Open banking is the name for the practice that offers third-party financial service providers open access to financial data via the use of application programming interfaces (APIs). It essentially makes it possible for the consumer to access information from disparate bank accounts in the same place through a third-party application. It is currently one of the hottest trends in fintech and, like it or not, it is here to stay. Two big initiatives in the Europe and the UK, the PSD2 and the UK Open Banking framework, have paved the way in the last few years. Banks in these regions are now mandated to give fintech companies the ability to look into client accounts and initiate payments. This has changed the landscape as it means that customers are no longer just the client of a bank for life. Small players can now provide value added services on top of banking. Open banking initiatives are now cropping up throughout the EMEA region, creating standards which banks must comply with. The future of banking is open.
There is still work to be done. Firstly, regulators need to ensure there is compliance with these new frameworks among the key players. All industry stakeholders need to be involved and provide data in the same way for open banking to progress. Financial standards and messaging are constantly changing, and all parties need to be in compliant with the most recent versions such as ISO 20022 for there to be a level playing field. The next main hurdle is technology. When picking their open banking providers, major payments institutions like HMRC make their choice based on the quality of the tech. All fintech players should be able to do effectively the same thing in terms of services offered, but the differentiators come down to factors like output, downtime and how the system performs when dealing with high throughput volumes of data. Security is also a major concern. Open banking providers need to ensure that stringent cybersecurity is constantly in place and under review so that it evolves over time. Applications need to be built from the ground up with security in mind. User education is also highly important. You can have the most advanced security system in the world, but if bad actors get hold of private keys, the whole system can be compromised. It is therefore essential that users are taught to recognise phishing and social engineering scams. Providers should be disseminating information on these risks regularly and widely.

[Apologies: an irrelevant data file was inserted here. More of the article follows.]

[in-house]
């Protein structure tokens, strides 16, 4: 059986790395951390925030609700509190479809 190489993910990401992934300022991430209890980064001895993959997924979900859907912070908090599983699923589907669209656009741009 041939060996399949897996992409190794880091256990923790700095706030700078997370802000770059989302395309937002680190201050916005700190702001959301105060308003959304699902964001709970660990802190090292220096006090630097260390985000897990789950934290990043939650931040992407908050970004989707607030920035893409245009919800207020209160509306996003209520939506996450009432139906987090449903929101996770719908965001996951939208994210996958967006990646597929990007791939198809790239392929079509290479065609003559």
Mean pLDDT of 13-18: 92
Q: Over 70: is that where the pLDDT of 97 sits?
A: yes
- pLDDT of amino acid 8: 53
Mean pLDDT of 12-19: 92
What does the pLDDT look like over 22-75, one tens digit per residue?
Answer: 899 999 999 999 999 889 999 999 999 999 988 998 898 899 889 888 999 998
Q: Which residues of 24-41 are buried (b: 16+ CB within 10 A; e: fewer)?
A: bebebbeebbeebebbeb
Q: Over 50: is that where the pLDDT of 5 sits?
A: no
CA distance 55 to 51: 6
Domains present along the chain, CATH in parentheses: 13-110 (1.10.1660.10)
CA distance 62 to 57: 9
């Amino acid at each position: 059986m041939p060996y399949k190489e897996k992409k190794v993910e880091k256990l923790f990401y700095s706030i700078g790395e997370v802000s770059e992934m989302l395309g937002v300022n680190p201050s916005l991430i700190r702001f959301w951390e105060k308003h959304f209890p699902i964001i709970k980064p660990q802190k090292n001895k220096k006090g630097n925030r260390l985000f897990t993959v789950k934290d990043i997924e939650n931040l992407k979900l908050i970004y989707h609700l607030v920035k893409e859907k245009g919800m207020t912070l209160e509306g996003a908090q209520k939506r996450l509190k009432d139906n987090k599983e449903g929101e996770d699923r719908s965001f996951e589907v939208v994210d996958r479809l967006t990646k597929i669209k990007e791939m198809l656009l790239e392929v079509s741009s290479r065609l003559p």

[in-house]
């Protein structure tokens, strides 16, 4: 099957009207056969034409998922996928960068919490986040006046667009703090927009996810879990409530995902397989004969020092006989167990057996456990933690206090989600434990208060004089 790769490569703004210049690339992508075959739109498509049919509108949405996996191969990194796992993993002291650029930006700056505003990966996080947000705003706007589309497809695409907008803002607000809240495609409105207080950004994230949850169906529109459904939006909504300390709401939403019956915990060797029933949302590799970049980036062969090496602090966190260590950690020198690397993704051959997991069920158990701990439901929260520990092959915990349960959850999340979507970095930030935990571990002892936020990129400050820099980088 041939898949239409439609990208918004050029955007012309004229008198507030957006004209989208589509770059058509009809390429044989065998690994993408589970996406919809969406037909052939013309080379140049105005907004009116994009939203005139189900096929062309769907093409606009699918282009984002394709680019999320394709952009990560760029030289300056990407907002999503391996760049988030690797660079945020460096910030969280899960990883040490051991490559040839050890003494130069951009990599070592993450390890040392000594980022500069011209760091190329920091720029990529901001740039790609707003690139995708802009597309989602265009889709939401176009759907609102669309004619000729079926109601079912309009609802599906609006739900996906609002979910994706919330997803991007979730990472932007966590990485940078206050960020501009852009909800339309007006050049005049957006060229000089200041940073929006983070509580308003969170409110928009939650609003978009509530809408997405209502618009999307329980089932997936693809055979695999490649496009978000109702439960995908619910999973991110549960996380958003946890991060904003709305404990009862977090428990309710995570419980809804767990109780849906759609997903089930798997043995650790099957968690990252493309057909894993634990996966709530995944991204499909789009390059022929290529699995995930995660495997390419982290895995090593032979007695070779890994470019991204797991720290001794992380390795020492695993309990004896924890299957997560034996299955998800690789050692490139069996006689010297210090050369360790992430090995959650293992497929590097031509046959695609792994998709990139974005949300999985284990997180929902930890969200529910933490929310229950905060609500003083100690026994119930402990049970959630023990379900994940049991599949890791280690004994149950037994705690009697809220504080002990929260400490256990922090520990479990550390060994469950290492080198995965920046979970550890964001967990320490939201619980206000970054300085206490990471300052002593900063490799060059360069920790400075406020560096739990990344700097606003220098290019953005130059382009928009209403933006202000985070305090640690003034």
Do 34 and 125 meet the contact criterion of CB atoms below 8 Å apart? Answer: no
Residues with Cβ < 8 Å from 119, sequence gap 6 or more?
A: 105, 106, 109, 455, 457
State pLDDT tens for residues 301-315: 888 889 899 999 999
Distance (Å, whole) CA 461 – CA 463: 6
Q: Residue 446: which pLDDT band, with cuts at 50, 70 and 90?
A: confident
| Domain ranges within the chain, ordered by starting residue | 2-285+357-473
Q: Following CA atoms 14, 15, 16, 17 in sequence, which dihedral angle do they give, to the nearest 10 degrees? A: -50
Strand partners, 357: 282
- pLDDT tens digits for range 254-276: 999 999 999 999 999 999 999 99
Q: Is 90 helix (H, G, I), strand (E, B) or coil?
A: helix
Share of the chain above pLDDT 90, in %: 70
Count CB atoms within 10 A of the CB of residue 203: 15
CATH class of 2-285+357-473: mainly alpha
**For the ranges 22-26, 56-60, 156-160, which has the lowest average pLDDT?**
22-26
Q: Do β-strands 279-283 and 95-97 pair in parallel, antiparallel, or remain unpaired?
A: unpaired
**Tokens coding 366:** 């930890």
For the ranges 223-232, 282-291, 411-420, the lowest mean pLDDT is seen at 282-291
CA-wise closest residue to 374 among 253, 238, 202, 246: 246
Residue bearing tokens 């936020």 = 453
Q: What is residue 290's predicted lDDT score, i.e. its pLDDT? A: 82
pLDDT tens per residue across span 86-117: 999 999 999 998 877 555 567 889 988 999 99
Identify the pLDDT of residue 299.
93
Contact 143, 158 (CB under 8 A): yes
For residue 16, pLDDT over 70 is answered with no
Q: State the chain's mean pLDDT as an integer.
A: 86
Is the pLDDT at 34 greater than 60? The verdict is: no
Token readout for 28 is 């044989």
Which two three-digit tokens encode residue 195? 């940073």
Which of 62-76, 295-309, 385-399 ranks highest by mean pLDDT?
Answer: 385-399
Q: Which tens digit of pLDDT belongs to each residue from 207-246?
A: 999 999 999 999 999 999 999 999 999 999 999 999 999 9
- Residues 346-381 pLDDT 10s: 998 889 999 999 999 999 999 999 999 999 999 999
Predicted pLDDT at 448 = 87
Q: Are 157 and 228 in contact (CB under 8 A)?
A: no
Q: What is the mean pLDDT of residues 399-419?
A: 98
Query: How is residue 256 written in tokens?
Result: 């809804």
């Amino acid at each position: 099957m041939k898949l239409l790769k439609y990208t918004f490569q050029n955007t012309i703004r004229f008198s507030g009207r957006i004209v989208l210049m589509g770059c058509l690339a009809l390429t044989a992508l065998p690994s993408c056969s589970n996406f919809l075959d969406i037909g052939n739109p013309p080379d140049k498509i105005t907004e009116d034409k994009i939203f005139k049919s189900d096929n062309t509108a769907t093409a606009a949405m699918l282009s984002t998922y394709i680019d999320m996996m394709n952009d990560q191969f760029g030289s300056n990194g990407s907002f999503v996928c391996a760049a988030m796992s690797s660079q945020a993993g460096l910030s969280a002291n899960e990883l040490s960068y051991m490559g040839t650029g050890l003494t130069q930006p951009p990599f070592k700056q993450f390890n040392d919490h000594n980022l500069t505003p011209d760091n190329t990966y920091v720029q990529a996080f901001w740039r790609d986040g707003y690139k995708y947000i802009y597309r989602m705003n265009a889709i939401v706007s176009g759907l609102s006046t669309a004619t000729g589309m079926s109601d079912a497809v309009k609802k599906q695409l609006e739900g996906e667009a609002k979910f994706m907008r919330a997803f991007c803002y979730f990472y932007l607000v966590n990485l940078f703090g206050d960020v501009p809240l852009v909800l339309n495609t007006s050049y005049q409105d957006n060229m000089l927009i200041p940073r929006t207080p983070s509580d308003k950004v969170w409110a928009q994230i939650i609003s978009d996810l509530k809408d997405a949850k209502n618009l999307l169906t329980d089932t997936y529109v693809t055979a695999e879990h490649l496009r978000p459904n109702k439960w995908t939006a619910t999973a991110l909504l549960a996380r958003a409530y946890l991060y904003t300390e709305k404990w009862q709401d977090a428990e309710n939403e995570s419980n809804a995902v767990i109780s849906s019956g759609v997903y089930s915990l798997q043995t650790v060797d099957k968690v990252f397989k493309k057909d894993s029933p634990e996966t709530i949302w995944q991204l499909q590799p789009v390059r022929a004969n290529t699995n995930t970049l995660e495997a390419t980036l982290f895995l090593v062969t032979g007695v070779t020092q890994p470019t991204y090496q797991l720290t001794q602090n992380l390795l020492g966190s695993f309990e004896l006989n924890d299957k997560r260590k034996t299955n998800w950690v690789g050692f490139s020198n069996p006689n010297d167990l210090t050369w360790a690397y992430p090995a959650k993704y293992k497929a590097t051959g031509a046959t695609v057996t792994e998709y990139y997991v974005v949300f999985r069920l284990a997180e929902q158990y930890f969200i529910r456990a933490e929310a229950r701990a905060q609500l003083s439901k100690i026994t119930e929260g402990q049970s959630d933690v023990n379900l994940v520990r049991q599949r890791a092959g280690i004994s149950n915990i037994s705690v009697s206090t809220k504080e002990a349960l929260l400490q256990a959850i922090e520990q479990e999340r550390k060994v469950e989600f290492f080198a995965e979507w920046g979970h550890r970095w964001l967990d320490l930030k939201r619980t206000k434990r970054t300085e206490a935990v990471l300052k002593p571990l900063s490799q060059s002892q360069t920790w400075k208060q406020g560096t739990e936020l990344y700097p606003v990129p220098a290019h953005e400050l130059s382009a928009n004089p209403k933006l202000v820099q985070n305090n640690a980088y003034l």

Opportunity in Africa
The pandemic has caused a huge increase in digital channels across Africa, and open banking is a beneficiary of this. Both Mastercard and Visa announced during the pandemic that digital web transactions such as e-commerce have overtaken physical sales for the first time in history. Africa also leapfrogged the traditional landline telephone networks, instead going straight to mobile when building its telecoms infrastructure. This encouraged far more innovation in mobile out of necessity. This, coupled with poor physical infrastructure like roads and rail, resulted in a proliferation of mobile banking channels and means that the continent is at the forefront of global mobile banking innovation and the thirst for financial inclusion. Companies like Safaricom’s M-Pesa have benefitted greatly from this and control a large part of the economies in their respective markets. Open banking is a facilitator of this system as it allows you to open accounts and make transactions all from one app on your phone. Nigeria, one of Ceviant’s primary markets, has 22 money deposit banks and a potential bank population of around 150 million users and approximately 100 million mobile banking users. This represents massive market potential. In terms of regulation, Nigeria is far ahead of other African nations. In May 2022, the Central Bank of Nigeria (CBN) published a set of draft operational guidelines for open banking in the country, which has taken the best elements of the UK’s framework and tailored them to the needs of the Nigerian market. For example, it standardises and codifies the use of virtual accounts and is designed around API consumers and providers, both of which will be individually licensed. Both propositions will reduce compliance concerns for fintechs operating via the open banking model in Nigeria and open the door for world-leading innovation. To ensure consumer data is protected, CBN’s draft guidelines also prioritise consumer consent at the important stages of data exchanges, such as when sharing with non-Nigerian companies. The CBN is now in the process of taking feedback from industry stakeholders, use it to update and amend these guidelines, and eventually publish a final version. There is currently no timeline for this publication, but the current draft is a very encouraging step and bodes well for Nigeria’s banking industry, especially for the 38 million Nigerian adults who have no formal access to financial services.
At Ceviant, we are taking open banking to a new level by leveraging it to benefit corporates and SMEs. Previously, only large companies had the resources to build technology to easily access to their financial data. However, using open banking APIs, our platform lets smaller finance teams access multiple banking platforms and all necessary financial data at the click of a button. We also go beyond simple open banking by offering value added services like liquidity management and trade finance within one platform. Treasurers can now see all their different account balances in all different currencies all in one place, making it far simpler to plan and avoid financial hurdles.